Life after Marxism: Marxism Today exhibition
Friday 08 October 2010
Ryan Gallagher takes in the latest exhibition from artist Phil Collins
It Is by no accident that visual artist Phil Collins has chosen Manchester as the place to premiere his latest exhibition Marxism Today.
It was in Manchester’s Chetham’s library that about 170 years ago Marx and Engels embarked upon researching what would later become their most notorious and earth-shaking piece of work, the Communist Manifesto.
Marxism Today, though, is not concerned with revisiting the origins of Marxist ideology. Instead the emphasis of Collins’s latest work is on the here and now.
Consisting of two short films, you are immediately struck by the first upon entering the darkened gallery room. Flowing more like solid video journalism than erratic visual art, it focuses on interviews with ex-teachers of Marxism-Leninism who worked in East Germany prior to the reunification in 1990.
The interviewees tell their stories and explain the direction their lives took after the end of the socialist government.
One woman, a former teacher of Marxist economics, recounts how she decided to embrace capitalist ideals to “try to get rich,” while another explains that she gave up her job as a political economist to work at a dating agency.
But the Marxist principles that were instilled in the interviewees prior to reunification have not vanished.
Petra Mgoza-Zeckay, who went into social work after her career as a teacher ended, recalls seeing former German chancellor Helmut Kohl handing out Coca-Cola and bananas at Karl Marx Platz in Berlin. “I’ve never been able to eat a banana since,” she says.
The tone of the film is unwaveringly human. Instead of treating the reunification and the events that followed as a mere historical spectacle, Collins provides what is in essence a people’s history – a fascinating insight into the lives of individuals who lived, worked and once believed in the GDR.
The second film that features as part of the exhibition, in contrast, is more intellectual than emotive.
Viewers must sit behind a wooden school desk and don headphones as they watch a woman interviewed in the first film deliver a class on the mechanics of Marxist economics to present-day German students.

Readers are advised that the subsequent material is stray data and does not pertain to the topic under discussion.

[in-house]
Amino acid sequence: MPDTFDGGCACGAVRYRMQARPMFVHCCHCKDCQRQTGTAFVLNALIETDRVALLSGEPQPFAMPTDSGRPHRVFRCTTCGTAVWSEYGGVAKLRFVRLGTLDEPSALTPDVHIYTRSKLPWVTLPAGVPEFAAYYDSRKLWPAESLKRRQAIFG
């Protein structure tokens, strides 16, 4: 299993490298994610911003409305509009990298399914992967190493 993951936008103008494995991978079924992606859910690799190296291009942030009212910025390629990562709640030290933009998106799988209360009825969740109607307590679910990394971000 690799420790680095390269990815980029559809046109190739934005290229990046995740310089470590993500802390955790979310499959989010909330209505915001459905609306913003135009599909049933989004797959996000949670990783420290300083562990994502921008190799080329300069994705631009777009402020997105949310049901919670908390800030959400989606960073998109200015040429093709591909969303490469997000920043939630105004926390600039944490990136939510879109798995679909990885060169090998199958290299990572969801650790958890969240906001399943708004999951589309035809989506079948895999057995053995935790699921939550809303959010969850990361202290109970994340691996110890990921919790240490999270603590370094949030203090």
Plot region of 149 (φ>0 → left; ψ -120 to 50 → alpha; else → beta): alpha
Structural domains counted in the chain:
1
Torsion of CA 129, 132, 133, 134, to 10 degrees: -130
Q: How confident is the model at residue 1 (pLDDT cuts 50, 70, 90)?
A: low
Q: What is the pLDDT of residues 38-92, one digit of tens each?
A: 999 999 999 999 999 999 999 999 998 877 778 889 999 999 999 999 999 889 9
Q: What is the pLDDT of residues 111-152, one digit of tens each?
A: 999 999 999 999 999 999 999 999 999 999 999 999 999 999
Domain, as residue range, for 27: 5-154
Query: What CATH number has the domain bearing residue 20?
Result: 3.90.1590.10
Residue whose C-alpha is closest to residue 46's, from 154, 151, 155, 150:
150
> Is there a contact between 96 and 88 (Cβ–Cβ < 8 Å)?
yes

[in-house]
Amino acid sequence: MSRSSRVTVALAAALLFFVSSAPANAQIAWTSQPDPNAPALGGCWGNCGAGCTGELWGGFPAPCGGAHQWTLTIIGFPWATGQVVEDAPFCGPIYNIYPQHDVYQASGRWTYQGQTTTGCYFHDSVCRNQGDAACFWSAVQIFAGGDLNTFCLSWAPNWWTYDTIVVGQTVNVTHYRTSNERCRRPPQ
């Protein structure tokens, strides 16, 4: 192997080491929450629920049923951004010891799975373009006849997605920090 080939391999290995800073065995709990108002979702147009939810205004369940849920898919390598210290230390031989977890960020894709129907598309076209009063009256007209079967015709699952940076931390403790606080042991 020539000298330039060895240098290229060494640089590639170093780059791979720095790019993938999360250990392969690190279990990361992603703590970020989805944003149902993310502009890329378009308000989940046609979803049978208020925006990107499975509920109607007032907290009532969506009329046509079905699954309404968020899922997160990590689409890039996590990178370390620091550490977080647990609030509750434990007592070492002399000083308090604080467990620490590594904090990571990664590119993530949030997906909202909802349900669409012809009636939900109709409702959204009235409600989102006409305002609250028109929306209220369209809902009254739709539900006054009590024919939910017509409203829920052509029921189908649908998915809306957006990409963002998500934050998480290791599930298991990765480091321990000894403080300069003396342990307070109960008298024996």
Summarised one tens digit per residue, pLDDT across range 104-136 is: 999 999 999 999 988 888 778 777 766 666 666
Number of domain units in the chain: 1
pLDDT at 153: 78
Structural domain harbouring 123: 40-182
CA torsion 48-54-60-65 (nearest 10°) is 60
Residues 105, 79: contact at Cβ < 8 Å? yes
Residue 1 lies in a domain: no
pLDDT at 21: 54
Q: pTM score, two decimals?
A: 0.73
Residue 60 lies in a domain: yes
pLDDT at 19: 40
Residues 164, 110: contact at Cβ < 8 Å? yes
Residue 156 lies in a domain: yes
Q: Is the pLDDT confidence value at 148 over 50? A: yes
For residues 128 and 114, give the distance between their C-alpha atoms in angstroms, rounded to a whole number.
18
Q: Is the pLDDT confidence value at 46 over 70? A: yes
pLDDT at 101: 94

It makes for interesting viewing, as the generation featured in the first film had lived and worked immersed in the politics of East Germany, while Marxism is ideologically alien to the young students in the second.
Many of the students look baffled as their tutor outlines the tenets of Marxist economics, from use and exchange value to the role of the surplus. Once she has explained the basics she invites questions.
One student asks: “Why are things ordered to the disadvantage of the worker?”
“Where will we be in 50 years,” queries another, “or where should we be?”
And in that moment, as the film fades to black, Collins’s point seems to have been made.
Despite the demise of East Germany and the falling popularity of Marxist economic principles, the theories outlined so meticulously in the three volumes of Das Kapital continue to have resonance. More than a century since their publication they persist in raising the same pertinent questions, in spite of the stigma that surrounds them.
Outside the exhibition, back on to the bustling streets of Manchester somewhere between the McDonald’s, the Starbucks and Chetham’s Library, drifts the downtrodden socialist spirit of Marx and Engels.
Marxism Today suggests we could do much worse than to revisit some of the ideas they formed here all those years ago.
Runs until November 28. Entry is free.